Eugene – for the aerobic conditioning I generally agree with you. but I find that running long miles leaves my upper body and core pretty weak relative to carrying a pack and using poles. I guess it depends how long it takes to whip your upper body in to shape as the event/project approaches. If the event requires carrying a pack then upper body strength/endurance may be more important than aerobic conditioning.
I did a project some years back that was minimally aerobic, but by the end of day 3 my back was so wasted I could barely function. Hence my suggestion for project specificity.
carrying a pack can also be excellent aerobic training if you focus primarily on long hills.Jun 16, 2013 at 9:57 am #1997143
Not having gone on any long hikes, I can't say what I do works for them. Being in my 60s, I'm mainly concerned with not losing what fitness I have, rather becoming superman! My regular routine is twice a week to throw on a 25# pack (equivalent to a week-long trip), and hike up and down the local suburban hills for an hour plus. Twice a week, I ride my bike for a similar amount of time. And once a week I go on a longer jaunt, either bike or hike. I also do Hillfit and a few free weights regularly to maintain core and limb strength.Jun 16, 2013 at 11:13 am #1997171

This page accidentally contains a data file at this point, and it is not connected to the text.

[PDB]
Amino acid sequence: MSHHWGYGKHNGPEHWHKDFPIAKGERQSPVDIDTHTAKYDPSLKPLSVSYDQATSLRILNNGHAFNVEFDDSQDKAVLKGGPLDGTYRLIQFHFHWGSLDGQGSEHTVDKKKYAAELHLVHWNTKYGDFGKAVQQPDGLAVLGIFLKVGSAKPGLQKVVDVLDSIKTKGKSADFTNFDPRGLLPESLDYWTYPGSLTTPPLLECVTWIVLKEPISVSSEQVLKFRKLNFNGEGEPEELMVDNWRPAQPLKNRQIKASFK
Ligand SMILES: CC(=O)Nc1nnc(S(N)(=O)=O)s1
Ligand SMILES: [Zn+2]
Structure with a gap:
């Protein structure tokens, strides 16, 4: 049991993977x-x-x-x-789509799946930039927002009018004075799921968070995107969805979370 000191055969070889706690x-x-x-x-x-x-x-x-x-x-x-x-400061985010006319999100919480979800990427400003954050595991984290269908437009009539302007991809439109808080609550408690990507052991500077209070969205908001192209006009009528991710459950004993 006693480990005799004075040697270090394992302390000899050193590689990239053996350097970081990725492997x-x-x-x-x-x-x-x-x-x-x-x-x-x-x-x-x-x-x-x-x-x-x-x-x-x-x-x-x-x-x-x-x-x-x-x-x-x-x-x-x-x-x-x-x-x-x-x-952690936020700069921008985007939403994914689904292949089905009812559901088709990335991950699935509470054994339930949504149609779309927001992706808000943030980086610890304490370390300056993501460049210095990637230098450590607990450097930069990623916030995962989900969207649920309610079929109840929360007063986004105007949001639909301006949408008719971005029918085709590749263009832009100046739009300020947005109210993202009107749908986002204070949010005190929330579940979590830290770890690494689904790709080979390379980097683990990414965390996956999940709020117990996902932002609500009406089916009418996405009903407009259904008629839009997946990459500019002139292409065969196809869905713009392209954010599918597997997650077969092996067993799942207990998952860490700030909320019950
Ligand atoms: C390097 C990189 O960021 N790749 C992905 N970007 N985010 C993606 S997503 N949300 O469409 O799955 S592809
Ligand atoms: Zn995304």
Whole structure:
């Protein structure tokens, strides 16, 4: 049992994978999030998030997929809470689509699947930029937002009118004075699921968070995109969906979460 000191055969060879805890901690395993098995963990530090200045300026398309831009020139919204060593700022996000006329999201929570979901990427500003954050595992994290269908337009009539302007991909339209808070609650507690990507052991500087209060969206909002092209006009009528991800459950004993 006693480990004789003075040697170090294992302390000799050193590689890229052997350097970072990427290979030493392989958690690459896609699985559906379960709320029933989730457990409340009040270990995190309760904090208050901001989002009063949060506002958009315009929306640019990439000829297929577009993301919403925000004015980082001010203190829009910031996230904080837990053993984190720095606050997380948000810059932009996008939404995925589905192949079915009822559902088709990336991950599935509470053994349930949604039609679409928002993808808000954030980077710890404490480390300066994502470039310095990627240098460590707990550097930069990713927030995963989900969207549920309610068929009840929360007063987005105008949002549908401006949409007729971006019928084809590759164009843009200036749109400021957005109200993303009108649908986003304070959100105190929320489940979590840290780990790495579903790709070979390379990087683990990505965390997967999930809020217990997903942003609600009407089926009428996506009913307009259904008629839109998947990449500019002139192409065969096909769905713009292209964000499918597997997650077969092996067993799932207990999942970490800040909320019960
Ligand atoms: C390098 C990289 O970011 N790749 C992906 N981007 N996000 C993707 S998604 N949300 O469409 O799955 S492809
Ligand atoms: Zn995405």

@ngatelLocale: Southern California
The best method is to hike a lot, and prepping for a long trip would include carry a similarly loaded pack that would be used on a long trip. More intense workouts can lead to injuries that might cause one to have to cancel the planned trip. My philosophy is that if I don't have time to hike almost everyday, then it is time to change something in my life.Jun 16, 2013 at 11:37 am #1997178
+1 to Dave C.'s comment, especially regarding "meta-cycles".
People likely don't think long-term enough. Granted, we have to start somewhere, but long term base building and experience seems to be key to me. In my experience, my body has a long-term memory for certain types of work it has done over the years.
I learned this on a 100 mile road ride a few years ago. I used to do a lot (read: years) of distance road cycling in the 100 to 250 mile range. And then I stopped. A student invited me to ride a century with him probably two years after I had stopped seriously riding. I completed it fine and comfortably without any real specific training leading up to it. I still had decent cardio from running and I believe my body simply remembered the riding without having to get too specific during the lead up.